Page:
When I got back from Hawaii I checked my training schedule to see what sort of torture Teresa had in store for me that weekend. She wanted me to do the Flying Wheels century ride, so I met my teammates at Marymoor Park at about 7:45 am on Saturday to get situated. I hadn’t thought much of the ride going into the workout and just figured a steady bike ride in zone 1-2 would be a piece of cake compared to the windy hellfest I endured in Hawaii the week before. Once I got there, however, I realized that the ride would be much crappier than I initially figured for a couple of reasons. First of all, my mind still must have been in warm, humid Hawaii mode because I was underdressed for the ride. The weather report said it would get to low 60’s but the entire day was overcast and I remained half-frozen throughout the entire workout. Secondly, before I even started the ride I realized my front tire was partially flat. I found that perplexing since I had pumped up my tires before I left my house, but instead of switching out the tube right there like a smart person would have done, I just had the REI dudes re-pump it up and hoped the mysterious disappearing air pressure was just a fluke. Spoiler alert: it wasn’t. I got a measly 40 minutes into the ride and was following my friend Kirsten up a hill when I noticed that I was working harder than usual to keep up with her. I started to wonder if my front tire had gone flat again when some dude behind me yelled, “Hey, your tire’s flat!” Guess that solved the mystery. I sighed and pulled over, watching Kirsten ride further away from me until she was out of sight. Tire Change Mode, activate! Unfortunately, Tire Change Mode was less Optimus Prime-y and more Herpy Derpy since my hands were frozen and resulted in a profound lack of dexterity. A five-minute job turned into 10+ as I fumbled to get the tire loose. Two of my teammates, Lyset and Ashley, stopped to help and were super patient as I rained expletives down on my stubborn wheel. When I finally got the new tube in, I promptly blew through a cartridge because I can never remember how to work the damn valve thing right, and I also freezer-burned my hand because I forgot that cartridges are full of COMPRESSED FREAKING AIR and was holding it like a moron while it was leaking all over the place. Thankfully, I had a backup cartridge and managed not to waste that one. Success! I rode with Lyset for a while and then we parted ways. When I rolled up to the first aid station, I figured I had to be at the halfway point because I had been riding for like an eon already. I pumped up my front tire the rest of the way at the REI tent, inhaled some chomps, and glanced at my watch, expecting to see something like “3:00:15.” It read “1:30.” Son of a bitch! The never-ending ride continued. I was starting to feel a bit lonely since I had lost my teammates, so I’d tuck in and draft behind random groups of cyclists before leapfrogging to the front in an effort to find someone I knew. When I got to the fork that split the 100-mile riders from the 65-milers, I had a Choose Your Own Adventure moment where I seriously contemplated saying “Screw this ride” and cutting it way short so I could go home and watch movies...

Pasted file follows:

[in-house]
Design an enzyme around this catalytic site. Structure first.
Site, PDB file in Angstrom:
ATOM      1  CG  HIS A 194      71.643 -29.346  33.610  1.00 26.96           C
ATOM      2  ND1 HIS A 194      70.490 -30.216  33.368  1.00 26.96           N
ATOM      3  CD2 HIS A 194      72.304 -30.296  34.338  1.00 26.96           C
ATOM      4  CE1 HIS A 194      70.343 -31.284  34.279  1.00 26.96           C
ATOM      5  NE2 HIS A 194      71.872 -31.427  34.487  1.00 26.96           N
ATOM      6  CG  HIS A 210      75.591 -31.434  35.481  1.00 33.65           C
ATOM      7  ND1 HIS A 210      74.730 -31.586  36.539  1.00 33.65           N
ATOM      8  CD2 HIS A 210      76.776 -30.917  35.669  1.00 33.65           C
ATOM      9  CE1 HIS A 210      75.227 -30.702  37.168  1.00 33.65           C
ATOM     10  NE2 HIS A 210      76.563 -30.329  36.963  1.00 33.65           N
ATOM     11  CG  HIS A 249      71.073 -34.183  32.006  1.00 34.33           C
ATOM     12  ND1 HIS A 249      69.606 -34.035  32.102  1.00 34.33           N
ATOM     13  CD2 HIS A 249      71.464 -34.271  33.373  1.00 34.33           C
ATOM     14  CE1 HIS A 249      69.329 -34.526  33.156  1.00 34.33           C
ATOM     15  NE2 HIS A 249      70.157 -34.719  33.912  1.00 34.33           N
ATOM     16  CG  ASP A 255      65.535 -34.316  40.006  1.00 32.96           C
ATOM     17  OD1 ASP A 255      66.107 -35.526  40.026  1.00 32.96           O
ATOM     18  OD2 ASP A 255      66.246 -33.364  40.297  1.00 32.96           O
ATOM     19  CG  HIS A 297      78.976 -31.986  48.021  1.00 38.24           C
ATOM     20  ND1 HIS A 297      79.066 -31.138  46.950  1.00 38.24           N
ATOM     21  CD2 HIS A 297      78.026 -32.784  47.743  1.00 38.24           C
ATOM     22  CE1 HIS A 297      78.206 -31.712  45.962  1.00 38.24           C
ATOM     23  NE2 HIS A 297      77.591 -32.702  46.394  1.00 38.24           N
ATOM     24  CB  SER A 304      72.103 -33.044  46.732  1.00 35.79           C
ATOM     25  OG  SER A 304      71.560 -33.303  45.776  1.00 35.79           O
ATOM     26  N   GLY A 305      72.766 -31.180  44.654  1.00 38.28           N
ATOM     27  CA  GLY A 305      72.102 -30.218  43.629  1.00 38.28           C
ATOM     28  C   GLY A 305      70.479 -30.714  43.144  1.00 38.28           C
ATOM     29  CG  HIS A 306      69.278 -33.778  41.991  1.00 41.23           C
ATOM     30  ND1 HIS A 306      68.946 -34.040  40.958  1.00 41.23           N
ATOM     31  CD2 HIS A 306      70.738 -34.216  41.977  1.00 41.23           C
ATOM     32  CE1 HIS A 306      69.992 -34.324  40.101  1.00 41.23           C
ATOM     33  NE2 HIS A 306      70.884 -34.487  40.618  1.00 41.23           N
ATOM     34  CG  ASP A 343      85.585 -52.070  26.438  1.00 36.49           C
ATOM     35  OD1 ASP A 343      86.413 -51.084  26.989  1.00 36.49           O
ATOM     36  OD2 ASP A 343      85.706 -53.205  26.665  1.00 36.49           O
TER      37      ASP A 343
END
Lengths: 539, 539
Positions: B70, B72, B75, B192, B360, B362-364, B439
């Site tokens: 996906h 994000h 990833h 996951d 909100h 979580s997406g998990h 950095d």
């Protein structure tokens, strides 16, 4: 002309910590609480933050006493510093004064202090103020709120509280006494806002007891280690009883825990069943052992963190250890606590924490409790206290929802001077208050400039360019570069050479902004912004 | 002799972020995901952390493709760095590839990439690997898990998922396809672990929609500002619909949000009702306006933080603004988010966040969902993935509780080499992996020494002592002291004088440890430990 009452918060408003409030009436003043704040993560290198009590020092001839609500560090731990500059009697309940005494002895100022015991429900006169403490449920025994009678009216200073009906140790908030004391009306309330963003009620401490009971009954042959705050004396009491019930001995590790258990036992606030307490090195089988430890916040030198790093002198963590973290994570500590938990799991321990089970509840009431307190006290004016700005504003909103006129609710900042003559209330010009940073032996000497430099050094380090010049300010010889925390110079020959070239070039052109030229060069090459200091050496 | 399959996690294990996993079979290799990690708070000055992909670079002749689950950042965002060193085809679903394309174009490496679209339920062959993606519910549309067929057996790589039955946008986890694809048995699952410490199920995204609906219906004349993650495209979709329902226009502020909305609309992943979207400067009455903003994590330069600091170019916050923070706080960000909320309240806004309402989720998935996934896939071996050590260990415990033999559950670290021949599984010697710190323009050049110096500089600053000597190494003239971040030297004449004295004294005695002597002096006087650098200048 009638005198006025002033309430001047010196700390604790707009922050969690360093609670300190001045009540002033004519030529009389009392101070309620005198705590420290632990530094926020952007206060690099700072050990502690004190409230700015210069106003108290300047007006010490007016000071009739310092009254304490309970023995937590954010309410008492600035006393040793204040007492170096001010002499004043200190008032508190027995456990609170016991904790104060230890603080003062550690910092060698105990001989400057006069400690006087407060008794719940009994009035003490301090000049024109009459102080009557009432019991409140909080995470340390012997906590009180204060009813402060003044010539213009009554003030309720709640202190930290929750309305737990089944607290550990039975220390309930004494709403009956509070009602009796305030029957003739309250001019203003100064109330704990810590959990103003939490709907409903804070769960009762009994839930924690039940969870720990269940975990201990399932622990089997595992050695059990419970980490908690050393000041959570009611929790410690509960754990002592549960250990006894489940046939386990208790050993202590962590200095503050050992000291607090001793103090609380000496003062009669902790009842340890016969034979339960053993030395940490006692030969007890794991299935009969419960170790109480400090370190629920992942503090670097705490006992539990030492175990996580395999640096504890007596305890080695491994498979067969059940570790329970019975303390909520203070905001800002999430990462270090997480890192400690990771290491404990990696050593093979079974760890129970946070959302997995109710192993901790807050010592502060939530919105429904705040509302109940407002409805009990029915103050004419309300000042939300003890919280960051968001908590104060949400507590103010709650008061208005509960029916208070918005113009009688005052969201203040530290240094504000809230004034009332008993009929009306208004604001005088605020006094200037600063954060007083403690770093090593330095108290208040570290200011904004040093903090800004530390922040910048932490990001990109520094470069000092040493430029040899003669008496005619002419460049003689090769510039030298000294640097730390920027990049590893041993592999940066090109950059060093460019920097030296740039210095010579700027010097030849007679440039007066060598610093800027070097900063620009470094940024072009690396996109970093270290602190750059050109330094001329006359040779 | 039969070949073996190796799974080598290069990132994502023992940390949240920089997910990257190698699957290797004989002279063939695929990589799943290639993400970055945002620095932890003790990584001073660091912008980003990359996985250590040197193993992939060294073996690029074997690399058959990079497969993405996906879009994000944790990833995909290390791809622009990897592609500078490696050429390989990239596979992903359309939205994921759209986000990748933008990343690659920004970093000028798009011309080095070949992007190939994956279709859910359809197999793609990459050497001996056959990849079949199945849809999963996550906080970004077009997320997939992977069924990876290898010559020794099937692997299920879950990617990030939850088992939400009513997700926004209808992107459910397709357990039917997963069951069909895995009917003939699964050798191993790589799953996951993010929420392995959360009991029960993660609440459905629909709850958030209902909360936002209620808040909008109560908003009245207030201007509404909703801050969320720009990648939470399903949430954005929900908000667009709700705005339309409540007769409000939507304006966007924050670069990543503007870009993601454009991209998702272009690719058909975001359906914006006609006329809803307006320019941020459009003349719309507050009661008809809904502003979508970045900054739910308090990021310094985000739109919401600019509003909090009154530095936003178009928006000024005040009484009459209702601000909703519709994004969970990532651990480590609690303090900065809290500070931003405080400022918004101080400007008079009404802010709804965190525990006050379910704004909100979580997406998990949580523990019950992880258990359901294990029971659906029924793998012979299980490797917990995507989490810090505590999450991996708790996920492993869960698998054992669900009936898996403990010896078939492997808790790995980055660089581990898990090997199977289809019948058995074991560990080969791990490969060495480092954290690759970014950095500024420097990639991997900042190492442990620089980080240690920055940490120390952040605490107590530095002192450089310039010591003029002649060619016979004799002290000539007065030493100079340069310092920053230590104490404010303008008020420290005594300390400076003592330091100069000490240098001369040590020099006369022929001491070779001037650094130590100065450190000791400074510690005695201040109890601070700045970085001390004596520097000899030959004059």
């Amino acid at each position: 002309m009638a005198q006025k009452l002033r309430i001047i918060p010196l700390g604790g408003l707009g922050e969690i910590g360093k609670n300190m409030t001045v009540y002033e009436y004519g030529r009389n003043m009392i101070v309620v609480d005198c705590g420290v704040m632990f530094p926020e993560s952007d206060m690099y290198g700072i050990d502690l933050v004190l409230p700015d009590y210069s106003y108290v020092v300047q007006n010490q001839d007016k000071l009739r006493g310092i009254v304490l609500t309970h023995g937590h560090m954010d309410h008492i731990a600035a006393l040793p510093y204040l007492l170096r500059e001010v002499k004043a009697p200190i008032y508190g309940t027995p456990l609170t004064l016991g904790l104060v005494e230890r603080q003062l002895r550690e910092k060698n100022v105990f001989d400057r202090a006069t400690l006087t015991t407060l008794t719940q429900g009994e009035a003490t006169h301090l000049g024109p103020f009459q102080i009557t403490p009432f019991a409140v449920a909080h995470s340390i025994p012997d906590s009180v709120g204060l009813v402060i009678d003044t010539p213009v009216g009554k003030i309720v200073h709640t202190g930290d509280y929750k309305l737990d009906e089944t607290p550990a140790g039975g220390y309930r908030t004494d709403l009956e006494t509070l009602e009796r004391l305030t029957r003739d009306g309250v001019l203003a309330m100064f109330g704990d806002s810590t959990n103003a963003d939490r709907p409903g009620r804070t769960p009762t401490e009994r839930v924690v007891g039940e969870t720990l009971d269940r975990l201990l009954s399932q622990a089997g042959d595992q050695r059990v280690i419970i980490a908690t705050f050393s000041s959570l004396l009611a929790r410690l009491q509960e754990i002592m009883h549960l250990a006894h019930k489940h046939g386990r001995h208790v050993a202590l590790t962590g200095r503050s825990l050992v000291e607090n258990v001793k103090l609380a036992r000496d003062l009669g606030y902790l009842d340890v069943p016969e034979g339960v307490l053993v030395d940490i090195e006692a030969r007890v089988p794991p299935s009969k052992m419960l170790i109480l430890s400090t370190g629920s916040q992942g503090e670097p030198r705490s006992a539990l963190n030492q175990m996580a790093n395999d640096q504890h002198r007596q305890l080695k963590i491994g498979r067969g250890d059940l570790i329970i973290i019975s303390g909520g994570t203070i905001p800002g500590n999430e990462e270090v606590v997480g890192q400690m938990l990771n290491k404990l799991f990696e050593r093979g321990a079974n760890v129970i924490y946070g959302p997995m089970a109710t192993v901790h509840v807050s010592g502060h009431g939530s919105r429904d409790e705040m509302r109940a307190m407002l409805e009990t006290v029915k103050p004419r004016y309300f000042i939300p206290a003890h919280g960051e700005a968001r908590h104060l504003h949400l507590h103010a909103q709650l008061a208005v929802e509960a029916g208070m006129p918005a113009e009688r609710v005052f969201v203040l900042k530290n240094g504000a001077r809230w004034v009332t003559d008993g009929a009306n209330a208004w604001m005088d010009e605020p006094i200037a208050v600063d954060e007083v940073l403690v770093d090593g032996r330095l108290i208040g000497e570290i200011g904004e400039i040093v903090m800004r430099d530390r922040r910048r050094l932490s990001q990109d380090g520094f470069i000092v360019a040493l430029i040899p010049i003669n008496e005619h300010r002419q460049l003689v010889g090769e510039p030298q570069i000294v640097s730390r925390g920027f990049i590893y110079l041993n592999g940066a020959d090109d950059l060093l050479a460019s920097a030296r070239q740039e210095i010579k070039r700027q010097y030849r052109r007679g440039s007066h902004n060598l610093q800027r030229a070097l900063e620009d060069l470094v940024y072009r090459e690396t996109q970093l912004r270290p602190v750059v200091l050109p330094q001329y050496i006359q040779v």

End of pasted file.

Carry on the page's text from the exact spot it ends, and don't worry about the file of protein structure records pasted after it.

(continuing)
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Conquering the “7” Hills of Kirkland

Last week I checked my training workouts and saw that Teresa was seemingly intent on turning my taint into a giant callus on which I could strike matches by scheduling me four bike workouts: one tempo/strength ride, a recovery ride, a 3 hour interval workout, and the 7 Hills of Kirkland metric century ride on Memorial Day. She emailed me and asked if I was doing the ride. I responded with a “Maybe…who else is doing it?” Teresa directed me to our Yahoo! group forum so I could coordinate with some teammates and have someone to ride with. I, of course, was too lazy to do that so I ended up not knowing who was riding and when they planned on starting. My half-assitude lasted me through the weekend until I figured it was time to actually do some semblance of research and see who I could ride with. I had never done the Kirkland ride before (it’s put on by the city every year to raise money to help homelessness), so I asked Jason if he’d sign up with me. He gave me a “Pshaw hell nah, I’m tapering for Boise.” His dad, on the other hand, was interested in doing the ride so at least I’d have one cycling buddy for the day. In keeping with my “total lack of research” theme for this ride, I woke up early Monday morning, got my gear together, did a quick glance at the 7 Hills website to get the address of the starting point, and took off. I met Jim, Jason’s dad, at the park where the ride took off from at 7 am and begrudgingly coughed up $55 for the registration fee. (A cost that I think is too expensive, especially considering that the course is still open to car traffic and we’re really only paying for a couple of aid stations. I reminded myself it was for a good cause and remembered to take more fuel gels than I needed at each food stop to make up for the dent in my wallet.) The ride started out pretty decent, and the climbs were pretty good but nothing that was pants-crappingly difficult. Unfortunately, I found out pretty quickly that it’s not the best idea to do the ride on a time trial bike — there are enough climbs that having a road bike would be more beneficial, plus the descents are often winding/zig-zaggy and there aren’t that many flat/fast stretches to get into aero. I ended up being that doosher trying to look all bad-ass on my TT when a road bike was way more appropriate (at least I didn’t have race wheels *coughBrentcough*). Jason’s dad had warned me ahead of time that the Winery Hill climb was the worst, and he had also cautioned me to be in the proper gearing as soon as we turned onto it. He wasn’t lying — as soon as you take a right onto that road, you run directly into the start of the hill. If you’re not in the correct gear when you hit it, you’re pretty screwed. The climb itself is shorter than the other hills on the ride, but it’s a steep fucker. My rear shifter was pointed towards the sky and I was cranking down on my pedals so hard, I nearly keeled over a couple times (I do not know how those professional cyclists wobble back and forth on their bikes so aggressively). When I got to the top, I was greeted by a woman sitting in a lawn chair and clapping, and once I made my way out of the neighborhood, a bag piper played the...